A woman over 50 searches for a good shoe for travel, seeking to strike a balance between sensibility and style.
Walking on the cobblestone streets of Como, Italy more than a decade ago, I took a nasty tumble. I was looking up, down, and all around me (rather than in front of me) when one of my sandals got caught on a steel utility plate on the street, propelling through the air for what seemed like minutes (although it was probably a split second). Accidents always happen in an instant.
When I finally landed, both my knees were badly bloodied and skinned. I’m fortunate that nothing cracked or broke but this incident occurred when I was younger:-).
As one might expect in Italy, a compassionate, good Samaritan waiter seemed to emerge out of nowhere to help, carrying ice and linen napkins that soon turned bright red. With the help of my husband, I hobbled into the nearby restaurant to sit down, check out the damage, apply multiple Band-Aids, and sip a restorative beverage in appreciation for the kindness of the wait staff.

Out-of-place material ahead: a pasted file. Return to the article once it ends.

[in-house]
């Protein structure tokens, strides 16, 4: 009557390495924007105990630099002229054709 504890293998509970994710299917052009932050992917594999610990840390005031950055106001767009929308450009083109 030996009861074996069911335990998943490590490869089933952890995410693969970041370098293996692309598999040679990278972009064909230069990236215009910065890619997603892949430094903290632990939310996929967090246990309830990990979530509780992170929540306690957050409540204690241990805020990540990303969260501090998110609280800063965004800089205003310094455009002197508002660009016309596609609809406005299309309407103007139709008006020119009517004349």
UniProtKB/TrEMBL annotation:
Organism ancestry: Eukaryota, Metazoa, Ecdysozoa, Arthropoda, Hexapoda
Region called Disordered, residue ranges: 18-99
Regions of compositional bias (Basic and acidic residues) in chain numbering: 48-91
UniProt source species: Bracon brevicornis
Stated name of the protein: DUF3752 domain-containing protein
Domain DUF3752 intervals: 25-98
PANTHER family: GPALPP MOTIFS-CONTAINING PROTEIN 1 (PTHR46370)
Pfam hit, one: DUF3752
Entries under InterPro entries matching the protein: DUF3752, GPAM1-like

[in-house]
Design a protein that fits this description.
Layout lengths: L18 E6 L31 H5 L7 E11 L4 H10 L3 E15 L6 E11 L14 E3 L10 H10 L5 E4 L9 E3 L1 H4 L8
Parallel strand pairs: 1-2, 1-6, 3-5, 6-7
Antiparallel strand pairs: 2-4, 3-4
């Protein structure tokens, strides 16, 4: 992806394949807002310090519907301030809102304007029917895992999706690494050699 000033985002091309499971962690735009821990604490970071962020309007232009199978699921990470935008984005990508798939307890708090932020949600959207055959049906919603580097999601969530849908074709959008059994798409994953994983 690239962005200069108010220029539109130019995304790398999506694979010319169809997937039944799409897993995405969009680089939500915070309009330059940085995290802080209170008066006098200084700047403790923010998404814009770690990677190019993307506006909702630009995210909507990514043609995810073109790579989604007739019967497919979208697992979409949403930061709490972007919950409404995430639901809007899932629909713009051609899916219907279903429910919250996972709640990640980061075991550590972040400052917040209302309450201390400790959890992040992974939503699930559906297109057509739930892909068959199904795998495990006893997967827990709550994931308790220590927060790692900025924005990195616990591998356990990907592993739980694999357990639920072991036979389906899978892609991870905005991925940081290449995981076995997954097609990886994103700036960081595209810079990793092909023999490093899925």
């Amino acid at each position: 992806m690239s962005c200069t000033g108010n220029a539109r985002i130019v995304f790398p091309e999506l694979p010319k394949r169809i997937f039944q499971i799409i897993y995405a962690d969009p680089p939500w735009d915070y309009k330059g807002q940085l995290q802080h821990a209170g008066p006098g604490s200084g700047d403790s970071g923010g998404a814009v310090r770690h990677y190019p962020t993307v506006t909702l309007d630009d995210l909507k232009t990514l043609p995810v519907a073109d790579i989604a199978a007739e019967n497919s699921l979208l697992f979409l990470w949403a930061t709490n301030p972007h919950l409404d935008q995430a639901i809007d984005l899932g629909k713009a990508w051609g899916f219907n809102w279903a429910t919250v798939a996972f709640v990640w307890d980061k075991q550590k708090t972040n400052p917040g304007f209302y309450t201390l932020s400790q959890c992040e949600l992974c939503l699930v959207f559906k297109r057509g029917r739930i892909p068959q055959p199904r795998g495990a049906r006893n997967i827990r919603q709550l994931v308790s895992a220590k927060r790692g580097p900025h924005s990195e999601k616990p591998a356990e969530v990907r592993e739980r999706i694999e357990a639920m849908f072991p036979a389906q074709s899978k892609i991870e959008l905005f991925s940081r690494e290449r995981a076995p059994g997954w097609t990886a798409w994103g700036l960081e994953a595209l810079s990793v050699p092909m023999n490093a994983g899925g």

Since that trauma, I’m always on the lookout for good traveling shoes and even reached out to fellow bloggers for advice. A collaborative post on this blog last year, What Do Travel Shoes for Women Over 50 Look Like, turned out to be very popular in Google searches so I’m reassured that I’m not the only woman with this problem.
Constantly on the lookout for shoes that are sensible but that don’t compromise my vanity, I was intrigued when I saw a post this morning on the excellent blog on aging, called Time Goes By. It referenced information from the National Institutes of Health (NIH) on the kind of footwear that can help prevent nasty falls.
NIH described the attributes of proper shoes as ones that:
- Have low heels and non-slip soles
- Fit well, leaving no marks on your feet when you take off your shoes and socks
- Completely surround the foot, meaning no backless and toeless shoes, and
- Support your feet
Then they added a graphic from the American Academy of Orthopaedic Surgeons that illustrates “A Good Shoe” and points out its characteristics.
I’m discouraged. This doesn’t look like a shoe for women, although unisex shoes seemed to be in vogue last time we were in Europe. What are your thoughts?
This post is part of a LinkUp with Noel Morata’s Travel Photo Discovery.